Rudd announces softening of ‘counter-productive’ benefits sanctions

Financial sanctions against people who fail to attend job interviews or show that they are actively looking for work will be limited to six months, Amber Rudd, secretary of state for Work & Pensions, has announced.

In a speech at the Recruitment & Employment Confederation in London yesterday, Rudd said: “I feel very strongly about making sure that the policies of this department are fair, compassionate and work for everybody, and I cannot see the need for sanctions that last longer than six months. Such sanctions are rarely used but I believe they are counter-productive and ultimately undermine our goal of supporting people into work.”

It has been a constant criticism by employers over many years that a significant number of those receiving benefits fail to turn up for job interviews, something that sanctions are supposed to stop. 

Under the current rules, financial sanctions that reduce a person’s benefits can be imposed by DWP officials for up to three years. Rudd acknowledged that sanctions are needed but said they should only be used as a last resort. Rudd said the DWP’s policy also needed to be evidence-based. “I am also saying that we are going to look more carefully at the evidence to see what impact sanctions are having in terms of helping people and making sure they do take the conditionality [for receiving benefits] more seriously.”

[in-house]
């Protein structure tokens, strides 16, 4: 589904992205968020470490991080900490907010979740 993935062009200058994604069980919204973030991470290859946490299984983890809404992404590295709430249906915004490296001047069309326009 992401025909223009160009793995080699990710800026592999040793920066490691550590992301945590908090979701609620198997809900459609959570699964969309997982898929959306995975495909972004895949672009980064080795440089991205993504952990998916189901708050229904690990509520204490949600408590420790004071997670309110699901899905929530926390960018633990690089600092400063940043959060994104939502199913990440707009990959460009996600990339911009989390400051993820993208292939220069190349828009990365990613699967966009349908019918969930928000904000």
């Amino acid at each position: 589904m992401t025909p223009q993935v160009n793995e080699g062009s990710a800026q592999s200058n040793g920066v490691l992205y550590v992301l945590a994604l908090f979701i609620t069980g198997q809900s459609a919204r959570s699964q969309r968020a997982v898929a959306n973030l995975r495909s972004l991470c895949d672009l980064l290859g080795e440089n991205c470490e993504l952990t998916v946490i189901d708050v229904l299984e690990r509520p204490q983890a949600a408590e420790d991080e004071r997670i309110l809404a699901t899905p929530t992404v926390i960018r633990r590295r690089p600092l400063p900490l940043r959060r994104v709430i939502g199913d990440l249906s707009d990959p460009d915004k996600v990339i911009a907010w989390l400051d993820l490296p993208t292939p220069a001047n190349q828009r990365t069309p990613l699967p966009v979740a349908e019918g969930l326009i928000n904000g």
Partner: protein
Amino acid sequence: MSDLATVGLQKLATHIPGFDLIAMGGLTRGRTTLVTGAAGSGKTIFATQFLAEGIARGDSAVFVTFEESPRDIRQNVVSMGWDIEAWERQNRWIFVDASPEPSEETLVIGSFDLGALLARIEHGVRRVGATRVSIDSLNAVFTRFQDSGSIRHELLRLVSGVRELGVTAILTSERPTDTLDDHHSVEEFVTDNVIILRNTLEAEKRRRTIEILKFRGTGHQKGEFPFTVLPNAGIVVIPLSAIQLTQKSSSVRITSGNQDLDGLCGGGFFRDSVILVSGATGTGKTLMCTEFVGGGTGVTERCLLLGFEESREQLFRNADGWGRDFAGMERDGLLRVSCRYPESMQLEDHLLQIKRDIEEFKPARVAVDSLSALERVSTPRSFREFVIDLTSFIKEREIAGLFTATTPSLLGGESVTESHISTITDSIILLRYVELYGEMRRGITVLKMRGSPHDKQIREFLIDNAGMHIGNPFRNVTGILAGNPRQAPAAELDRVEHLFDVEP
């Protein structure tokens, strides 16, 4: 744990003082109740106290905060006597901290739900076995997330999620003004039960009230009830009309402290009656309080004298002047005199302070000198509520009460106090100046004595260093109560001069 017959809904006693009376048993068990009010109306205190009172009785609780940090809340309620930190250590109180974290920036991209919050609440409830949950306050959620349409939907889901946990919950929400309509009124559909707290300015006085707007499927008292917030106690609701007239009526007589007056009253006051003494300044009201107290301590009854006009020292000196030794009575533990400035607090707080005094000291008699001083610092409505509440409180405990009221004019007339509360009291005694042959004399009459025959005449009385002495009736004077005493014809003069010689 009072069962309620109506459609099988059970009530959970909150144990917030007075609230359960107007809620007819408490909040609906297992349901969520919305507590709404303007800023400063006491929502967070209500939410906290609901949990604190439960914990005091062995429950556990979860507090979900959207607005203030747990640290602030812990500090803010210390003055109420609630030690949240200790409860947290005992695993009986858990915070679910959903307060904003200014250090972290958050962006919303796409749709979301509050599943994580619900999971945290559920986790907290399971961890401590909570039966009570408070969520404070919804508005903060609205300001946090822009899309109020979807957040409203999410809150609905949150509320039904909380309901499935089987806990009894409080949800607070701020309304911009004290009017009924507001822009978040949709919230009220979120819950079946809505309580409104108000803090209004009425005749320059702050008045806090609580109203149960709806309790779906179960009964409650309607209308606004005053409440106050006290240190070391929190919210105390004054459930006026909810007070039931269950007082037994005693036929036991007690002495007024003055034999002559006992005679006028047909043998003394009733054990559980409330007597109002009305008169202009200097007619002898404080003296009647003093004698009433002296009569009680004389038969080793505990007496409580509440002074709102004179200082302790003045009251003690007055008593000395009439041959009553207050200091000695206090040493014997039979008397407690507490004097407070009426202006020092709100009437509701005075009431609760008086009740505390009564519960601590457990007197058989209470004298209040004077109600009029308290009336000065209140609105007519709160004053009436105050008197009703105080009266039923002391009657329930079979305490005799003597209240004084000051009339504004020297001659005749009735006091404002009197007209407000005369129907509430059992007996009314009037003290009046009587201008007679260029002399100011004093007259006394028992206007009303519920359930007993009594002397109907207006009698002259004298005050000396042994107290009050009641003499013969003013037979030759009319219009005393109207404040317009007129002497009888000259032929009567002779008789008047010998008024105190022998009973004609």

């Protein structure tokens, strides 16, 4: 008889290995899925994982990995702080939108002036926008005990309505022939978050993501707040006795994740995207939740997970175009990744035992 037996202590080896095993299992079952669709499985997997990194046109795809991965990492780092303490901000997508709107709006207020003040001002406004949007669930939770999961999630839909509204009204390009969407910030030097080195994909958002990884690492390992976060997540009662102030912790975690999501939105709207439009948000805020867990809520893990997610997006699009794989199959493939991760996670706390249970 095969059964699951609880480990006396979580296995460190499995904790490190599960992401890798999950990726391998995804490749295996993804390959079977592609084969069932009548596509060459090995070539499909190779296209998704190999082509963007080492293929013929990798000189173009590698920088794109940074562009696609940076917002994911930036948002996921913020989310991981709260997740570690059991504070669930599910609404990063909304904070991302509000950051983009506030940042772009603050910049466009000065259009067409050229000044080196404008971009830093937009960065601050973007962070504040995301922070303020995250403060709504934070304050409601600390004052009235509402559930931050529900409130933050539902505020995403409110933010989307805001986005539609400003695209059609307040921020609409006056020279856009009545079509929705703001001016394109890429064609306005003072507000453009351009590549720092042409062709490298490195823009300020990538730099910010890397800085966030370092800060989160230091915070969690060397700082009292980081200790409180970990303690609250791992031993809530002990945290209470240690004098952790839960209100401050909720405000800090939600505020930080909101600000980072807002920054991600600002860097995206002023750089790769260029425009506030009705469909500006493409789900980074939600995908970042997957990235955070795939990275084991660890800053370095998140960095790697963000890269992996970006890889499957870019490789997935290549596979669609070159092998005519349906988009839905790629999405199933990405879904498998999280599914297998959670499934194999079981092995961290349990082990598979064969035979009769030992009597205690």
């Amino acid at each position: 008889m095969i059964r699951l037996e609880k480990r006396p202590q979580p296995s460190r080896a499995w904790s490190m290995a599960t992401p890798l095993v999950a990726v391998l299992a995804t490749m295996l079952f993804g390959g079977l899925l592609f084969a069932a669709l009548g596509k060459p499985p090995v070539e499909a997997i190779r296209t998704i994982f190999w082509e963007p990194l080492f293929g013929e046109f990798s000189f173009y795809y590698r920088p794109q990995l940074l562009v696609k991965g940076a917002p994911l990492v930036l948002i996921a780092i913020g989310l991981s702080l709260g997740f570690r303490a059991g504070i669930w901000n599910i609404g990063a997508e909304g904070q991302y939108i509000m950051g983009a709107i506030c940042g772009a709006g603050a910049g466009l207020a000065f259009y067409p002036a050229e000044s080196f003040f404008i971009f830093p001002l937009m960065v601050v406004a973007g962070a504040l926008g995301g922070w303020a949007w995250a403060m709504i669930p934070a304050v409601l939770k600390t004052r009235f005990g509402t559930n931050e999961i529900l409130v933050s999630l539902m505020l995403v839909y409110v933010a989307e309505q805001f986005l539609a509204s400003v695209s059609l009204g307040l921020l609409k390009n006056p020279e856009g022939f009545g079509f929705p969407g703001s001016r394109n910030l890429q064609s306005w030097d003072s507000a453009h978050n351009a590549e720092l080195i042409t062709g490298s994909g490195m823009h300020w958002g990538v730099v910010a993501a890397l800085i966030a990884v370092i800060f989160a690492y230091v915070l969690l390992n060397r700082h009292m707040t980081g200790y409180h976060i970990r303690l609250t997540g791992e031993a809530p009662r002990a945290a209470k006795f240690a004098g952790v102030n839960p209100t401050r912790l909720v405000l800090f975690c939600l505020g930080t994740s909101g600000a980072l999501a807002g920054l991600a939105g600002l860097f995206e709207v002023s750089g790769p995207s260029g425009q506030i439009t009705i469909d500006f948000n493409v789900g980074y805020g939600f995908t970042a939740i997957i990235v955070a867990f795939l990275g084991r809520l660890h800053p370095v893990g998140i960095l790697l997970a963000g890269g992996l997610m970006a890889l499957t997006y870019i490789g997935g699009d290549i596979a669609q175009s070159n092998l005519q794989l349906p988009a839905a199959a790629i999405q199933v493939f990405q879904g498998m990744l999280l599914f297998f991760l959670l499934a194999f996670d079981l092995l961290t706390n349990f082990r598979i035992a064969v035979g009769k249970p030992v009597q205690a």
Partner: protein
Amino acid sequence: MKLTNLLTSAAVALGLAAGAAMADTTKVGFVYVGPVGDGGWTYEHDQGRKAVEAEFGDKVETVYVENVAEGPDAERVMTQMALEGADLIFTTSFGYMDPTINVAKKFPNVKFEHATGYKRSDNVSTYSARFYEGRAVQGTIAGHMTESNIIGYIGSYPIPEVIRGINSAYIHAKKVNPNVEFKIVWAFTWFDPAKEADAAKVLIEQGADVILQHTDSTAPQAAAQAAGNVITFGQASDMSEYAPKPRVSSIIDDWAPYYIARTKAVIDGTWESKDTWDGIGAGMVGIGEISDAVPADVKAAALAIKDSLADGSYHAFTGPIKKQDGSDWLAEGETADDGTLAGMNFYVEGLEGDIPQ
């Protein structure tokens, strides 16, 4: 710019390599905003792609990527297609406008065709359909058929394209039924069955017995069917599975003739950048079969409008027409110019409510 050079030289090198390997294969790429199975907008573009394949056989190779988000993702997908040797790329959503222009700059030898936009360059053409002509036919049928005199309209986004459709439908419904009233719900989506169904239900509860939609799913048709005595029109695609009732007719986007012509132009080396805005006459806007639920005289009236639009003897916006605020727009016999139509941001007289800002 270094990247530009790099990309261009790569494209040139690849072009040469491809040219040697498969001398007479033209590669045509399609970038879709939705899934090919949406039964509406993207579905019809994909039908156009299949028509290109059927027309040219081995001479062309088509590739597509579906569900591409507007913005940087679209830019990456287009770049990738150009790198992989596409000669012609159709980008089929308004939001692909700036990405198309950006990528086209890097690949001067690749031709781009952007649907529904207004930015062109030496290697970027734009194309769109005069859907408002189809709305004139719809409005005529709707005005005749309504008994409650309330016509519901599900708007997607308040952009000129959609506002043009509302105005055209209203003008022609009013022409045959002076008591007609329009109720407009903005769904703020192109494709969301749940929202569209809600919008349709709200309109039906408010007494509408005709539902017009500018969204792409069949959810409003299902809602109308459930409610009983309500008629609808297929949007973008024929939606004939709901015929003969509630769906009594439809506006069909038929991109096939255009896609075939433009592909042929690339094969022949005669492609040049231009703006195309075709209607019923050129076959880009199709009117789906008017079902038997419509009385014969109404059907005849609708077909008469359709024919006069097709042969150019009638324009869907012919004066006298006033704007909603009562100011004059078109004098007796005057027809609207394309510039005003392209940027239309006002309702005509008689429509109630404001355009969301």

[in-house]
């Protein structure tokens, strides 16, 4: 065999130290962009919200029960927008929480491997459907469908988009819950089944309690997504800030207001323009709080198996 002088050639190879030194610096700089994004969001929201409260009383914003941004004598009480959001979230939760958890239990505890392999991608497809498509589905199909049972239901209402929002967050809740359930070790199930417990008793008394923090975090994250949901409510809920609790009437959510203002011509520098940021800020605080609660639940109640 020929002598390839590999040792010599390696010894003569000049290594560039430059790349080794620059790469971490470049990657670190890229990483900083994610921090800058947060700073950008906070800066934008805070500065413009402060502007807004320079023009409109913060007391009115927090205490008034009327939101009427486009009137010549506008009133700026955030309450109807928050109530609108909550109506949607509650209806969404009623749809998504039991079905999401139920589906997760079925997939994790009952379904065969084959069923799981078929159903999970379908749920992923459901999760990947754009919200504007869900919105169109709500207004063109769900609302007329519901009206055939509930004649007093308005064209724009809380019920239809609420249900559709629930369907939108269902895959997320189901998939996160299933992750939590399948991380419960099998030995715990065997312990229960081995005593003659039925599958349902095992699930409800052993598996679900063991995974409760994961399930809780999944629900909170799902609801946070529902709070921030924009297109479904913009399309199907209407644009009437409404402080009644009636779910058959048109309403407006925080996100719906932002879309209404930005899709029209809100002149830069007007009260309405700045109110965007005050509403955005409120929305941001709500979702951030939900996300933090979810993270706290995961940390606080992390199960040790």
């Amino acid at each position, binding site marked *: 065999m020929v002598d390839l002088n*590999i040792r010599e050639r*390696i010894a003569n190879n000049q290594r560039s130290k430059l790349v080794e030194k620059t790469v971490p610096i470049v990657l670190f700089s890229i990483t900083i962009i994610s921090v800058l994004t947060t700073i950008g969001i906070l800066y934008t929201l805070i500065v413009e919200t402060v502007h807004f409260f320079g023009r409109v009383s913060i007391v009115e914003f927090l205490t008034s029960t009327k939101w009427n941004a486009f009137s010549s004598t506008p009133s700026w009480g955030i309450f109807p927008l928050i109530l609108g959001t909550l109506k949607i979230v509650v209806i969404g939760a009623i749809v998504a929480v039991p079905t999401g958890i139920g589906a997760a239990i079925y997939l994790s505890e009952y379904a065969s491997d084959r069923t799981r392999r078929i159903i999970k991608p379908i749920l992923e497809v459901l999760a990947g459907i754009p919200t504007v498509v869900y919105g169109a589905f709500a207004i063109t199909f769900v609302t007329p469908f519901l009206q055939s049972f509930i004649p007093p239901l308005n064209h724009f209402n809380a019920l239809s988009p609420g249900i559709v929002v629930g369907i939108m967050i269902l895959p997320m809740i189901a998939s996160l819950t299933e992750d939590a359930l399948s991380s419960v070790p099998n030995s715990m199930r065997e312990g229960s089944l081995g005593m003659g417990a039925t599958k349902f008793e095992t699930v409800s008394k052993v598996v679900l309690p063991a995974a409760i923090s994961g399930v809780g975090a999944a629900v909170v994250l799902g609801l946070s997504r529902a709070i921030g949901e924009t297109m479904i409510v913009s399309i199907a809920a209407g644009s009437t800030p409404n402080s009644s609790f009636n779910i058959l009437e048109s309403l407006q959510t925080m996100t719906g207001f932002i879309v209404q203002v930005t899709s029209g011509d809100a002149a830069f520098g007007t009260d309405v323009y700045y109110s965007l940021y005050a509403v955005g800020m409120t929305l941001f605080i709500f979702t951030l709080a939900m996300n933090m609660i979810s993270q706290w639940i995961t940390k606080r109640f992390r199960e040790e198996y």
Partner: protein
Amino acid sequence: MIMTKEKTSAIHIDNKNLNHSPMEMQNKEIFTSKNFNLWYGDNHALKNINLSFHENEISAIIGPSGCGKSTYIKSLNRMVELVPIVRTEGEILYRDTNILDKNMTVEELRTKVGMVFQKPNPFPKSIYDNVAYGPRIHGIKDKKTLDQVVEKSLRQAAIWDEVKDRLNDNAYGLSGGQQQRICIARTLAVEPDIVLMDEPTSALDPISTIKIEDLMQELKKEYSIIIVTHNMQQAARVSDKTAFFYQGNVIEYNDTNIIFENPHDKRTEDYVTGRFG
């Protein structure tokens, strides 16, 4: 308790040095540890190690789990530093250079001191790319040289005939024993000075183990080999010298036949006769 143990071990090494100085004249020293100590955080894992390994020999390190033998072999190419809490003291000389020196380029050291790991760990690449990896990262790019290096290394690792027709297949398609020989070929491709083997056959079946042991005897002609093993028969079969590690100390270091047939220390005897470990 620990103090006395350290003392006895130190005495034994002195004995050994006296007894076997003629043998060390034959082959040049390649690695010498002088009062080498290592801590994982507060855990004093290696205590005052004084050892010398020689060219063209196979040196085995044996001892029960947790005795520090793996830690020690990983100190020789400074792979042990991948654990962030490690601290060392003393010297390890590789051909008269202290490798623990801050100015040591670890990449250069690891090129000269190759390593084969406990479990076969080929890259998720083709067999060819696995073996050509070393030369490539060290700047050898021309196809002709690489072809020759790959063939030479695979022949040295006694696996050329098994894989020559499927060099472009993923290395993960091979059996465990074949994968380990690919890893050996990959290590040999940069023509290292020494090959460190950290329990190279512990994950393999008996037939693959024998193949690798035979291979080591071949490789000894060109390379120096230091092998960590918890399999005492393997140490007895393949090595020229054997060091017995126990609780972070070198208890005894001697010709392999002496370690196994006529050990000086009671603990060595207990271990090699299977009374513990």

In a response to a question from Recruiter, Rudd urged employers to take part in the consultation around the £30k minimum salary requirement for allowing foreign workers to come to the UK for work as part of the government’s post-Brexit immigration policy. 

“That figure hasn’t yet been set in stone,” she said, adding: “We have to make sure that we have enough people to do some of the lower-paid jobs.” 

Many employers have complained that the £30k minimum salary requirement is too high, and that unless it is reduced that it will cut off a vital supply of foreign workers, especially in relatively low-paid sectors, such as hotels and catering, care work, construction, logistics and driving.

Rudd declined to respond to a suggestion from Recruiter that in terms of access to overseas talent it would be better if the UK remained in the Single Market. It is currently government policy that the UK leaves the European Single Market. 

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